Solid Waste Disposal
Los Angeles County

According to the Los Angeles County Department of Public Works, in 2015, county residents and businesses generated 26,735,817 million tons of solid waste, averaging 85,692 tons per day. However, about 65 percent of all that is reused, recycled or diverted from landfills. Only about 9.4 million tons of solid waste actually ended up in landfills. In addition, Los Angeles County received 99,842 tons of solid waste from jurisdictions outside the county.
Source: Los Angeles County Dept. of Public Works

Active Landfills & Recycling Centers

Facility Location Operator
Antelope Valley Recycling & Disposal Facility 1200 W City Ranch Rd, Palmdale 93551
Phone (661) 947-7197
Privately Operated:
Waste Management Inc.
Burbank Landfill Site No. 3 1600 Lockheed View Dr, Burbank 91504
Phone (818) 238-3888
City of Burbank
Calabasas Landfill 5300 Lost Hills Road, Agoura 91301
Phone (818) 889-1430
LA County Sanitation Districts
Chiquita Canyon Landfill 29201 Henry Mayo Dr, Castaic 91384
Phone (661) 257-3655
Privately Operated:
Waste Connections Inc.
Commerce Refuse-to-Energy Facility* 5926 Sheila St, Commerce 90040
Phone (213) 721-2022
LA County Sanitation Districts & City of Commerce
Downey Area Recycling & Transfer Facility (DART) 9770 Washburn Rd, Downey 90241
Phone (562) 622-3503
LA County Sanitation Districts
Lancaster Landfill & Recycling Center 600 East Avenue F, Lancaster 93535
Phone (661) 947-7197
Privately Operated:
Waste Management Inc.
Puente Hills Material Recovery Facility 2808 S Workman Mill Rd, Whittier 90601
Phone (562) 908-4875
LA County Sanitation Districts
Scholl Canyon Landfill 7721 N Figueroa, Los Angeles 90041
Phone (323) 245-9865
LA County Sanitation Districts
South Gate Transfer Center 9530 Garfield Avenue, South Gate 90280
Phone (562) 927-0146
LA County Sanitation Districts
Southeast Resource Recovery Facility (SERRF) 120 Henry Ford Ave, Long Beach 90802
Phone (562) 570-1196
LA County Sanitation Districts & City of Long Beach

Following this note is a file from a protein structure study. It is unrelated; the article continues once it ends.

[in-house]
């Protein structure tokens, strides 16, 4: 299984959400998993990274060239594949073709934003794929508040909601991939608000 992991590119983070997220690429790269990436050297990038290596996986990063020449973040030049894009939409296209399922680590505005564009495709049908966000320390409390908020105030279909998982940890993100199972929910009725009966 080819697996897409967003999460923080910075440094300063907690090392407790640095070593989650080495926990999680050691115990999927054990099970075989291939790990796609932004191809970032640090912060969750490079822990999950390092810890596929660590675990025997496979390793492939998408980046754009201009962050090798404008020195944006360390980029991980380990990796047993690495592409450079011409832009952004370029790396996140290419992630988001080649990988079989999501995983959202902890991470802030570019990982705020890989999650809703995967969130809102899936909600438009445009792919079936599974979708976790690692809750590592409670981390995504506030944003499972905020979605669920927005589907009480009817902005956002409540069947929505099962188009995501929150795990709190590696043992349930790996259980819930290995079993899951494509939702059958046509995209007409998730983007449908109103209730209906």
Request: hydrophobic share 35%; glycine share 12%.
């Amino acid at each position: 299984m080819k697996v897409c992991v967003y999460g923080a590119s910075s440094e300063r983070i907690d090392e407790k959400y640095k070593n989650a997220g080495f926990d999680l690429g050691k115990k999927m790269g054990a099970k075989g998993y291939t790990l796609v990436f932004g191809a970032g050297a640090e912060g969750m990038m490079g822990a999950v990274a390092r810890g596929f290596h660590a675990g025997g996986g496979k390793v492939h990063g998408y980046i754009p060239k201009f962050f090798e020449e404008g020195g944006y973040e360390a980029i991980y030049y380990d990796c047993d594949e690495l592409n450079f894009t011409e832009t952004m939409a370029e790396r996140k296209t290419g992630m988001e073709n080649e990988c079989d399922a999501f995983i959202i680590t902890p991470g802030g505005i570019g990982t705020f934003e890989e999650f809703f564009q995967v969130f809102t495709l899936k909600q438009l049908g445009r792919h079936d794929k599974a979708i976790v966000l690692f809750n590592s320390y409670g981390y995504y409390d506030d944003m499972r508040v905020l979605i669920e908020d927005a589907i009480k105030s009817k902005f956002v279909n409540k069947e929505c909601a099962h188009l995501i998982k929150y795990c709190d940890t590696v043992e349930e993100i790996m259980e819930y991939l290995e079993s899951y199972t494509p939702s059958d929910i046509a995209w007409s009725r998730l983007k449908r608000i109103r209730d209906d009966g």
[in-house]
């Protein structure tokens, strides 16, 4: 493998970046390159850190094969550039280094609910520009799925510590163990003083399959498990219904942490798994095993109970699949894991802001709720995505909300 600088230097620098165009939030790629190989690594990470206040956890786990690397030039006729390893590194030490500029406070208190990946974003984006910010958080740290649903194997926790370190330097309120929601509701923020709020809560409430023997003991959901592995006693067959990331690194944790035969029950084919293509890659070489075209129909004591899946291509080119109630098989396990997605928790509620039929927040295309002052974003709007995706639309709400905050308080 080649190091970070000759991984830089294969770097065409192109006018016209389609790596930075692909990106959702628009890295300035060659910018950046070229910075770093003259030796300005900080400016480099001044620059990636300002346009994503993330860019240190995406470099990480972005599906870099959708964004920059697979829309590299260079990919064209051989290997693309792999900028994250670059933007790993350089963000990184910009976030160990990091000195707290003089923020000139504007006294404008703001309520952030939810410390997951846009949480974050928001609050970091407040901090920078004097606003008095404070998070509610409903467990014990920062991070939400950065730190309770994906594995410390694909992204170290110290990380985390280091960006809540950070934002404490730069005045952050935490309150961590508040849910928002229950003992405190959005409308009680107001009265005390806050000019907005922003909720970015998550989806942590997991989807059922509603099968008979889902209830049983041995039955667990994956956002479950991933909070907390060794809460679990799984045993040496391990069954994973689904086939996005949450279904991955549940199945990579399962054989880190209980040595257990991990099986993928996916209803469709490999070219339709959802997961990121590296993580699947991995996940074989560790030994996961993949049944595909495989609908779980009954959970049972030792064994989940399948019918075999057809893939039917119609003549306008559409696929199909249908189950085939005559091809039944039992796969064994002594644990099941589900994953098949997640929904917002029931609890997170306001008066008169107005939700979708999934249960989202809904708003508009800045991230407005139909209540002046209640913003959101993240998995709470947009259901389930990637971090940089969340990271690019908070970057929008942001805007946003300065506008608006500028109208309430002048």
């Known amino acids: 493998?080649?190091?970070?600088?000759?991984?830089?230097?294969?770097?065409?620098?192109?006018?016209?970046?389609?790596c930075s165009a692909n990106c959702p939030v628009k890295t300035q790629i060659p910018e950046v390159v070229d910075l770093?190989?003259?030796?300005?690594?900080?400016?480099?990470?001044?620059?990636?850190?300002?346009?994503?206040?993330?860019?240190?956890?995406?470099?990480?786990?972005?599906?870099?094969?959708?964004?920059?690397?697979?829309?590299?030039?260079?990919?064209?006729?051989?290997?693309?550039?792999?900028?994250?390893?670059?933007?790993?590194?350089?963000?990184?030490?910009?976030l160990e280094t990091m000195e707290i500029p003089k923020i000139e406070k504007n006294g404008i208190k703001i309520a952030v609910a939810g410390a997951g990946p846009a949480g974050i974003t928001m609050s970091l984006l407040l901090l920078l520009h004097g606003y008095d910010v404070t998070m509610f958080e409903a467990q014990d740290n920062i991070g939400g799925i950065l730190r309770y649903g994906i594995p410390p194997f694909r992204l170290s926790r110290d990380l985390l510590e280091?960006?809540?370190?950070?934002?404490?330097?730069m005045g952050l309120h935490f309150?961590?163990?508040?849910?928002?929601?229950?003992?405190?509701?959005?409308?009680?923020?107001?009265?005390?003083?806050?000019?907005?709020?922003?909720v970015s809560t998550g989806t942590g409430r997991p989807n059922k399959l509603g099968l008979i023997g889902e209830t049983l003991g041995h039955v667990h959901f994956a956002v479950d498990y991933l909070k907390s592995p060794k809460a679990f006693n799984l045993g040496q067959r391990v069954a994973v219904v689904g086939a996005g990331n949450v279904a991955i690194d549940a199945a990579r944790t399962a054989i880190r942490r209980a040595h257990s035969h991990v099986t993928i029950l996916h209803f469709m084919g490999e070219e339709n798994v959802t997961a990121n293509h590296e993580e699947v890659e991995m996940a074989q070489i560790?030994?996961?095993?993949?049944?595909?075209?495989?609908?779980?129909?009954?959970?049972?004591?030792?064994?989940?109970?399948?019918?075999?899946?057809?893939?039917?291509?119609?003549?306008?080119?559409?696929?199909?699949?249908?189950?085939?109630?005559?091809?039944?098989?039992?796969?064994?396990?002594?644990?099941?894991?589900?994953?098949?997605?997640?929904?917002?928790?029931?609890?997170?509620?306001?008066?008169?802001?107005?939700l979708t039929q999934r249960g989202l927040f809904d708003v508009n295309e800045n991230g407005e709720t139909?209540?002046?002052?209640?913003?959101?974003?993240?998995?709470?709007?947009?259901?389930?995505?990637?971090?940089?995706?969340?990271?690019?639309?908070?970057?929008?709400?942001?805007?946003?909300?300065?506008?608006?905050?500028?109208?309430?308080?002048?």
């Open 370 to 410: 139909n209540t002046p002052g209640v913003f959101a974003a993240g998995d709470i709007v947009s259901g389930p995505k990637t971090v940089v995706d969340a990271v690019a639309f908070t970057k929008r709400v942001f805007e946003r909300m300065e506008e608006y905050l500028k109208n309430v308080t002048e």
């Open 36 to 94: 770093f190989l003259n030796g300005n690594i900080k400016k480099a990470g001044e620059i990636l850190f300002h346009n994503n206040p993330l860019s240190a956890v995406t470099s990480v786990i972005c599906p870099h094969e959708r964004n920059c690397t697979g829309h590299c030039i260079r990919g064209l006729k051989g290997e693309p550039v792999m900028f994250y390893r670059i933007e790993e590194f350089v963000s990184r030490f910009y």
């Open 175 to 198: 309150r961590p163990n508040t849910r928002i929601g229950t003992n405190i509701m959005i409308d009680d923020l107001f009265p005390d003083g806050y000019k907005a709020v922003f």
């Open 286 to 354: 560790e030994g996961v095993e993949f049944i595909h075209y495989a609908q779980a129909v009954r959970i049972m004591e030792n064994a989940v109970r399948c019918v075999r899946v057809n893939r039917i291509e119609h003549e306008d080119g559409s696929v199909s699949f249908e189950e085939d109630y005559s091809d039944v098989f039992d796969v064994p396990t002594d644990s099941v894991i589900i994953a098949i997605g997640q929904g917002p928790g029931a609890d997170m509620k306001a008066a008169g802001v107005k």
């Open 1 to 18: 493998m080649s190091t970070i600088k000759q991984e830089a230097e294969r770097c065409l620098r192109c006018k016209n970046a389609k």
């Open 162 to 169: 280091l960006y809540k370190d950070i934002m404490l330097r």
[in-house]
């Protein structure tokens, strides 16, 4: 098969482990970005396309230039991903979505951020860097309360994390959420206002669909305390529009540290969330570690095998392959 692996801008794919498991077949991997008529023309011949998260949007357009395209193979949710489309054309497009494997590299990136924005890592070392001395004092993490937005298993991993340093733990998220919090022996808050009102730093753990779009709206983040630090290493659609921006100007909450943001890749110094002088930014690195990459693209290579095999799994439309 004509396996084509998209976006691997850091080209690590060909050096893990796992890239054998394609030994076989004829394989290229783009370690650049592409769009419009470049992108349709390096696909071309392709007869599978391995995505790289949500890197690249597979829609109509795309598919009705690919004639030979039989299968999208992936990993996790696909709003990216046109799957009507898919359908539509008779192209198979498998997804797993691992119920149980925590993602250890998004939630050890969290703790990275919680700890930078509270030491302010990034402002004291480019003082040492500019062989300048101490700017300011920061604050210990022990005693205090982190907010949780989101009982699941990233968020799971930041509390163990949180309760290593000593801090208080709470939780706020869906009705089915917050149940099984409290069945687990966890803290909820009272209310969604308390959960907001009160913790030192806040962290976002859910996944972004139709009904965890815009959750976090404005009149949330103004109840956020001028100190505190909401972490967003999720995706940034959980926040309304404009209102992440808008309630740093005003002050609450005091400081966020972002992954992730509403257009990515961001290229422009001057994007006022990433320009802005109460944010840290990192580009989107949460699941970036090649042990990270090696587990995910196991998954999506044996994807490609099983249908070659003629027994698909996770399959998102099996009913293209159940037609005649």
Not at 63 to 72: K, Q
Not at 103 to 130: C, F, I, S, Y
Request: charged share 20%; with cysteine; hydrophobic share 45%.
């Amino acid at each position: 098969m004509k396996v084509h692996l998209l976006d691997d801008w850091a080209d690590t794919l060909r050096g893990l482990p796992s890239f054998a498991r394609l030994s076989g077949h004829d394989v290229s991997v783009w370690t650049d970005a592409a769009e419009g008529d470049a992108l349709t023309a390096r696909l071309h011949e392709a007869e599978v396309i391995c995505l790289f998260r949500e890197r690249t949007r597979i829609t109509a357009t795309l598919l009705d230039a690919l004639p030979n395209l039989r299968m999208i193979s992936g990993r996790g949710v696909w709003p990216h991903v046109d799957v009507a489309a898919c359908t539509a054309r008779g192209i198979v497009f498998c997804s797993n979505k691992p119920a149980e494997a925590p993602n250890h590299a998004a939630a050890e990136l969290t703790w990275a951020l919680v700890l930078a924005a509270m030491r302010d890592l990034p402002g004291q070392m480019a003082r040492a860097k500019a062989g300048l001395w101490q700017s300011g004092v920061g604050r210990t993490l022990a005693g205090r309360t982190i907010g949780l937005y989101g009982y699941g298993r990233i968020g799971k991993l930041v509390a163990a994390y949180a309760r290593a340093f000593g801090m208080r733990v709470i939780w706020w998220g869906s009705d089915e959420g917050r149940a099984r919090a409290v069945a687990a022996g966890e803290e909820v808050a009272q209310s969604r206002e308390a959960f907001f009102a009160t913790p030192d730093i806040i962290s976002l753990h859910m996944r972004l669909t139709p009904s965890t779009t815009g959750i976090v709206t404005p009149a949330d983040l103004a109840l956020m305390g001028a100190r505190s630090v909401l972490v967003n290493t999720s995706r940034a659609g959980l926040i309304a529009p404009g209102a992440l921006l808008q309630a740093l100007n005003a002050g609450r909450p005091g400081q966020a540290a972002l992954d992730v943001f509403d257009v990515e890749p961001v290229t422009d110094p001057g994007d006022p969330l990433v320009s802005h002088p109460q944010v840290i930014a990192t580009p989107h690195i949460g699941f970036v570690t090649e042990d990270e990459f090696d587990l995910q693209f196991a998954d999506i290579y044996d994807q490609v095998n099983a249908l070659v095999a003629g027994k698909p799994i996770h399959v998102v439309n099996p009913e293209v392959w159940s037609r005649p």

Sunshine Canyon Landfill 14747 San Fernando Rd, Sylmar 91344
Phone (818) 833-6500
Privately Operated:
Republic Services

*The Commerce Refuse-to-Energy Facility produces power seven days a week, 24 hours per day. An average of 100 trucks per day deliver loads Monday through Friday during normal working hours. The Facility burns an average of 360 tons of trash per day and generates a net ten megawatts of electricity for sale to the Southern California Edison Company. This is enough electricity for 20,000 Southern California homes.


Sunshine Canyon Landfill takes in, by far, the most amount of waste of any of the landfills in Los Angeles County. In 2015, it took in 2.4 million tons of solid waster (or 7,701 tons per day).


Closed Los Angeles County Landfills are Puente Hills, Mission Canyon, Palos Verdes and Spadra. Privately-owned Bradley West Landfill is also closed.


In 2013, Puente Hills Landfill, the largest landfill in the United States, closed to accepting any new waste. The landfill rose 500 feet high and covered 700 acres. In 2005, it accepted four million tons of waste.


The Commerce Refuse-to-Energy Facility and the Southeast Resource Recovery Facility (SERRF) in Long Beach are both owned by separate authorities and created by Joint Powers Agreements. Sanitation District No. 2 jointly oversees the Commerce facility with the City of Commerce and the SERRF with the City of Long Beach. The SERRF is operated by a private contractor.


The largest gas-to-energy facility is located at the now-closed Puente Hills Landfill. The facility produces more than 40 megawatts of power each day, which would meet the energy requirements of approximately 100,000 homes. Edison International buys most of the facility’s energy output.


By 1947, there were more than 300,000 backyard trash incinerators throughout Los Angeles County - the primary means of waste disposal for many homes. These had come to be seen, however, as significant contributors to the increasing serious problem of air pollution in the region. Efforts to ban backyard incinerators, however, were met with fierce opposition by homeowners. Incinerator owners believed that oil refineries were the true polluters and little had been done to curtail these. Cities nevertheless began establishing residential trash collection operations and, by 1958, backyard incinerators were completely banned.


In 1961, Sam Yorty ran for mayor of Los Angeles with the promise to end the inconvenience of separating refuse. After his election, a Los Angeles city ordinance was passed that eliminated the requirement to sort recyclables.


During the 1984 Olympic Games in Los Angeles, in just 22 days, event participants, including athletes, trainers, coaches and spectators, produced 6.5 million pounds of trash - more than six pounds per person per day.